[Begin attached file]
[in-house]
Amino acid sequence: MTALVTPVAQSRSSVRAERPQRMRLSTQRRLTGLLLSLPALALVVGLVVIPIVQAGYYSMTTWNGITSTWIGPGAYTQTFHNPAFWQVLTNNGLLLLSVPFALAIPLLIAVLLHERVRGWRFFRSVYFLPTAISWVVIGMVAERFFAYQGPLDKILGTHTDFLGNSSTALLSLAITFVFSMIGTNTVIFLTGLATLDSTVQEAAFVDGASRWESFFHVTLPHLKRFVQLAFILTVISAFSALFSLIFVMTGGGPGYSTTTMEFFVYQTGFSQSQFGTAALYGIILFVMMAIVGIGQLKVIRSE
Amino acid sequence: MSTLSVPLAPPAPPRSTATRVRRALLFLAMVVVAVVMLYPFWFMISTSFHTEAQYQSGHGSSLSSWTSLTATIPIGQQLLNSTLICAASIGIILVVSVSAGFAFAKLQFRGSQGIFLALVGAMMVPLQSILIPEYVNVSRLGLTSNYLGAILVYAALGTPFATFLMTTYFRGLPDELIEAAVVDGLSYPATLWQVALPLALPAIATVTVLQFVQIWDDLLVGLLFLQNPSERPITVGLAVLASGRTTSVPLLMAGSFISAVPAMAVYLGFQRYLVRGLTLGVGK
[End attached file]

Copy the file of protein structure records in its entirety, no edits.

[in-house]
Amino acid sequence: MTALVTPVAQSRSSVRAERPQRMRLSTQRRLTGLLLSLPALALVVGLVVIPIVQAGYYSMTTWNGITSTWIGPGAYTQTFHNPAFWQVLTNNGLLLLSVPFALAIPLLIAVLLHERVRGWRFFRSVYFLPTAISWVVIGMVAERFFAYQGPLDKILGTHTDFLGNSSTALLSLAITFVFSMIGTNTVIFLTGLATLDSTVQEAAFVDGASRWESFFHVTLPHLKRFVQLAFILTVISAFSALFSLIFVMTGGGPGYSTTTMEFFVYQTGFSQSQFGTAALYGIILFVMMAIVGIGQLKVIRSE
Amino acid sequence: MSTLSVPLAPPAPPRSTATRVRRALLFLAMVVVAVVMLYPFWFMISTSFHTEAQYQSGHGSSLSSWTSLTATIPIGQQLLNSTLICAASIGIILVVSVSAGFAFAKLQFRGSQGIFLALVGAMMVPLQSILIPEYVNVSRLGLTSNYLGAILVYAALGTPFATFLMTTYFRGLPDELIEAAVVDGLSYPATLWQVALPLALPAIATVTVLQFVQIWDDLLVGLLFLQNPSERPITVGLAVLASGRTTSVPLLMAGSFISAVPAMAVYLGFQRYLVRGLTLGVGK